Disabled Secure Boot, booted the DVD & off to the races we went. OS restored in less than 20 minutes, though drivers had to be reinstalled. These I got from the Dell site, including an updated BIOS. Rather than wasting time to get the 3rd party software (the CyberLink was the one she wanted the most), using a partition tool, assigned a letter to the large Recovery partition, and was allowed access to the software, once done, changed the partition back to no drive letter. This trick is very useful for those with any brand & cannot find drivers online (Dell is the best for maintaining drivers for computers 10+ years old). It’s also unsafe to obtain these from some sites, that Recovery partition has all one needs from drivers to software, even if it’s not the latest. One reason not to delete it w/out imaging it first, as well as create recovery media set, if not already done.

    Otherwise, we’ve waited for this media for some time, any Windows 8/8.1 user needs it, be it for repair or recover the OS, can do both. I didn’t have to enter a key to get my Windows 8.1 Pro media, though I can’t promise everyone will have the same experience.

    Thanks for the Tutorial, Philip! You’re the best & so is Dell.

    Cat

  28. Hi Philip,
    Can you please tell me the difference between this info:

    Name: Windows (R), Core edition
    Description: Windows(R) Operating System, OEM_DM channel
    Partial Product Key: xxxxx
    License Status: Licensed

    AND. . .

    the information that’s shown on the PC Info screen which says:
    Windows 8.1
    Product ID: xxxxxxx. . . etc. etc.

    Do I or don’t I have Windows 8.1? What is Core edition and OEM DM channel and partial product key? Would I be able to reinstall should I need to?

      1. Windows Edition = Windows 8.1
        Activation Status = Windows is activated
        Product ID = 00258 xxxx . . . AAOEM

      2. So your Edition is Windows 8.1 [Home] OEM. Download the Windows 8.1 .iso and make a UEFI Bootable USB as instructed on this page.

        Don’t worry about the product key it’ll be automatically input from the UEFI BIOS during Reinstallation.

  29. Pingback: Anonymous
  30. Thanks very much Philip. The thing is, I tried making a System image but got the backup failed with Error message (0x80780119). I used a USB and Dell Backup and Recovery since then whenever I go to This PC, I saw PBR Image Y: with a very red bar with 653 MB free of 23.5 GB.

    I posted on the Dell forum with screen shots but no useful reply. Would you mind taking a look, please? Here’s the link. http://en.community.dell.com/support-forums/desktop/f/3514/t/19655098

    Let me know then if I still need to do a reinstall.

  31. What should the product ID look like after a successful update to 10? I started with a new HP with 8.1 Home installed. I did not look at “System” prior to upgrading. After the upgrade, System does not mention OEM and it is activated, however, if I use the rweverything tool, I do have a MSDM tab and a product key. So I have an OEM version as I would expect but why does System not show OEM?

    1. You won’t get any additional OEM BIOS Embedded SLP key. The one RW-Everything finds will be for Windows 8.1 Home.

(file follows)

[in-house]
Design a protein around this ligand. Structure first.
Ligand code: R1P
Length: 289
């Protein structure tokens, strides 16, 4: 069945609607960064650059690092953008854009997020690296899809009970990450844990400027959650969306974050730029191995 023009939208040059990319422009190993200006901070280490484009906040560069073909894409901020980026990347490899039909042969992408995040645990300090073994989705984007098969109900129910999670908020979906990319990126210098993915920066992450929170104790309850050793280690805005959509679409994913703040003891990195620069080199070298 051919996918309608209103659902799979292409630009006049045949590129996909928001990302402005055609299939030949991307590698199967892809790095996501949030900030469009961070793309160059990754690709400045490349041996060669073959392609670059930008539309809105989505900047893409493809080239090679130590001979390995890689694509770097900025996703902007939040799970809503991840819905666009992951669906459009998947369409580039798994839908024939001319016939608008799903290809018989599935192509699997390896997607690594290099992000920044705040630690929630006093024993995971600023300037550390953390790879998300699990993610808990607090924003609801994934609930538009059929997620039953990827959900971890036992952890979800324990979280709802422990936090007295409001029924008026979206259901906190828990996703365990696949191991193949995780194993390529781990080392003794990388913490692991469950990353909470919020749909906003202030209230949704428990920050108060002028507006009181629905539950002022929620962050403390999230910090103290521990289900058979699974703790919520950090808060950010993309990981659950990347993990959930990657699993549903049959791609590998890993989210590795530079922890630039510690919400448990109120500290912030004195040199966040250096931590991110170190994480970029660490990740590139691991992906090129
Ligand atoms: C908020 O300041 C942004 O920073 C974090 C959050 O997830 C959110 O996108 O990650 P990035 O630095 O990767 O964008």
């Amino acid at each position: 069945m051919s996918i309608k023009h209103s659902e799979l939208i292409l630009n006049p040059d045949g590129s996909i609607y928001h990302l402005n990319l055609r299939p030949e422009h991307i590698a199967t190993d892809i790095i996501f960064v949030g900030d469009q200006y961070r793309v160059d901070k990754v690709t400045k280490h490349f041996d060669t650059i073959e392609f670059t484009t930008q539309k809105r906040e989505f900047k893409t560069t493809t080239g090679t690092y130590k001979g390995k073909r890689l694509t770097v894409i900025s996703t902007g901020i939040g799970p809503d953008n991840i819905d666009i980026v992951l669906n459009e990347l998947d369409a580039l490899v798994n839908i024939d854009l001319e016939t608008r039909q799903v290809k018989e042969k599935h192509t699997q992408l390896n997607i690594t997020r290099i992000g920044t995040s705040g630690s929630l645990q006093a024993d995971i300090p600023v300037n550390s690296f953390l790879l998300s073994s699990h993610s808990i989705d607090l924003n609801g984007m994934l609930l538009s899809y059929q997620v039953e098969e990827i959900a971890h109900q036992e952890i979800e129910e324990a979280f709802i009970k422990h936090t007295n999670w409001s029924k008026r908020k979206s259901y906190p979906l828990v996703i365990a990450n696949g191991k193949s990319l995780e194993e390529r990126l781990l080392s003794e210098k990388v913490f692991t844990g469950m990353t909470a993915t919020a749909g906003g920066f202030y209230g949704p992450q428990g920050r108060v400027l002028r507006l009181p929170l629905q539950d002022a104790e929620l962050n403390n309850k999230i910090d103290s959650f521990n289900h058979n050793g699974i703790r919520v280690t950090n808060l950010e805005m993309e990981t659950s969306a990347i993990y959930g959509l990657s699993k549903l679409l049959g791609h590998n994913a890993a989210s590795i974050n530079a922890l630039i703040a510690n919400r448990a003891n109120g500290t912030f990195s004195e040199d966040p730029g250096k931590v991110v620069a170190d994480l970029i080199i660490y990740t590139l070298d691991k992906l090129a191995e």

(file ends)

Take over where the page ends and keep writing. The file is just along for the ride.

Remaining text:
The Upgrade to Windows 10 Home will register your systems hardware profile with a Microsoft Product Activation Server. Essentially the install becomes keyless. Key finders that use the registry will find a useless generic key.

      The product ID will be something like 00330-80000-00000-AAxxx (Pro)

      See here for notes on Widnwos 10 Devices and the Free Upgrade:
      http://dellwindowsreinstallationguide.com/download-windows-10-oem-and-retail-iso/

  32. Hi Philip, I’ve been trying install again the windows on my dell Inspiron Laptop, but is not possible, the product license key is not recognized automatically in any iso image. My laptop came with windows 8 and i dont have the installation disk (is not in the box).
    I get the motherboard key with the software RwPortable, and I also tried to write it manually and is still not working
    What should I do?

  33. Hello! Trying to download Windows 8.1 today January 5th, 2017. The filename im getting with the media creation tool is not like the name you show above (i.e. Windows8.1n_X64). It just offers me a “Windows.iso” file. Do you know if file names downloaded with Media Creation Tool have changed? And if they are still valid? Thanks

  34. Hello! Using the media creation tool I looked for Windows 8.1, EN-US, X64 and clicked to download, but obtained a file called “Windows.iso”, which does not match with the US filenames you show here. Do you think the file is still valid or if Microsoft has changed file naming? Thanks, Patricio

  35. Hello Philip! Using the Media Creation Tool today (Jan 5, 2017), i meant to download Windows 8.1, EN-US, x64, but got a file named “Windows.iso”, which does not match with the EN-US filenames you show. Do you perceive an error in my file download? Or perhaps Microsoft has changed file naming for media creation tool? Thanks, Patricio

    1. It automatically calls it Windows I added the additional 8.1-Home-x64 before selecting save so I wouldn’t get all the .isos mixed up. The file size should be the same size as I got however.